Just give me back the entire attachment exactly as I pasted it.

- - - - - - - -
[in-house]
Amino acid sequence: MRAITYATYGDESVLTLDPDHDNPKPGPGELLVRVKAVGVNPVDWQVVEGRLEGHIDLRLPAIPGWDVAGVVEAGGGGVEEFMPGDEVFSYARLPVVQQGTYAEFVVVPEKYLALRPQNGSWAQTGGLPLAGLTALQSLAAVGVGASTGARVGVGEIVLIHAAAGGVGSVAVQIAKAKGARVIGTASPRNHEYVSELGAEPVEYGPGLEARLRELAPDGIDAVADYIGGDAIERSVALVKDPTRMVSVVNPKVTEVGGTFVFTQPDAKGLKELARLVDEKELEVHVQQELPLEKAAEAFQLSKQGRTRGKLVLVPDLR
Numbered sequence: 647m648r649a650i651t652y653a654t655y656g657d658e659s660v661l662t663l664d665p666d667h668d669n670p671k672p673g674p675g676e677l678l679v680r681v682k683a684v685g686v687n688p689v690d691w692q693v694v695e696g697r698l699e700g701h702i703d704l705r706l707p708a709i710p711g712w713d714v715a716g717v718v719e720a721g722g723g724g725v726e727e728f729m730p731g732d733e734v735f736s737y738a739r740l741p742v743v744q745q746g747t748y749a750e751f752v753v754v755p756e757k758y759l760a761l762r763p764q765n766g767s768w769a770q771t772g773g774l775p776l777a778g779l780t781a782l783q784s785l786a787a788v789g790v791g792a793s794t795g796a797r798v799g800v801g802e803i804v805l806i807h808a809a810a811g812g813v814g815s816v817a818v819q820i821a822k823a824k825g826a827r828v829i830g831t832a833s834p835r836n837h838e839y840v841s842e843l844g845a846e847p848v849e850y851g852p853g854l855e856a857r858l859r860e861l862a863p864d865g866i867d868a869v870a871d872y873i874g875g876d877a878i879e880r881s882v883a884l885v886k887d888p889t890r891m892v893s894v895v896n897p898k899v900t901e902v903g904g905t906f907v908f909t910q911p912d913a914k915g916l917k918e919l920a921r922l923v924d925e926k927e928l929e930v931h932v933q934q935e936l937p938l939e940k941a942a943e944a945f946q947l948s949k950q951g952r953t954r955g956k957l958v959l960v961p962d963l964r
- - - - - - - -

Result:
[in-house]
Amino acid sequence: MRAITYATYGDESVLTLDPDHDNPKPGPGELLVRVKAVGVNPVDWQVVEGRLEGHIDLRLPAIPGWDVAGVVEAGGGGVEEFMPGDEVFSYARLPVVQQGTYAEFVVVPEKYLALRPQNGSWAQTGGLPLAGLTALQSLAAVGVGASTGARVGVGEIVLIHAAAGGVGSVAVQIAKAKGARVIGTASPRNHEYVSELGAEPVEYGPGLEARLRELAPDGIDAVADYIGGDAIERSVALVKDPTRMVSVVNPKVTEVGGTFVFTQPDAKGLKELARLVDEKELEVHVQQELPLEKAAEAFQLSKQGRTRGKLVLVPDLR
Numbered sequence: 647m648r649a650i651t652y653a654t655y656g657d658e659s660v661l662t663l664d665p666d667h668d669n670p671k672p673g674p675g676e677l678l679v680r681v682k683a684v685g686v687n688p689v690d691w692q693v694v695e696g697r698l699e700g701h702i703d704l705r706l707p708a709i710p711g712w713d714v715a716g717v718v719e720a721g722g723g724g725v726e727e728f729m730p731g732d733e734v735f736s737y738a739r740l741p742v743v744q745q746g747t748y749a750e751f752v753v754v755p756e757k758y759l760a761l762r763p764q765n766g767s768w769a770q771t772g773g774l775p776l777a778g779l780t781a782l783q784s785l786a787a788v789g790v791g792a793s794t795g796a797r798v799g800v801g802e803i804v805l806i807h808a809a810a811g812g813v814g815s816v817a818v819q820i821a822k823a824k825g826a827r828v829i830g831t832a833s834p835r836n837h838e839y840v841s842e843l844g845a846e847p848v849e850y851g852p853g854l855e856a857r858l859r860e861l862a863p864d865g866i867d868a869v870a871d872y873i874g875g876d877a878i879e880r881s882v883a884l885v886k887d888p889t890r891m892v893s894v895v896n897p898k899v900t901e902v903g904g905t906f907v908f909t910q911p912d913a914k915g916l917k918e919l920a921r922l923v924d925e926k927e928l929e930v931h932v933q934q935e936l937p938l939e940k941a942a943e944a945f946q947l948s949k950q951g952r953t954r955g956k957l958v959l960v961p962d963l964r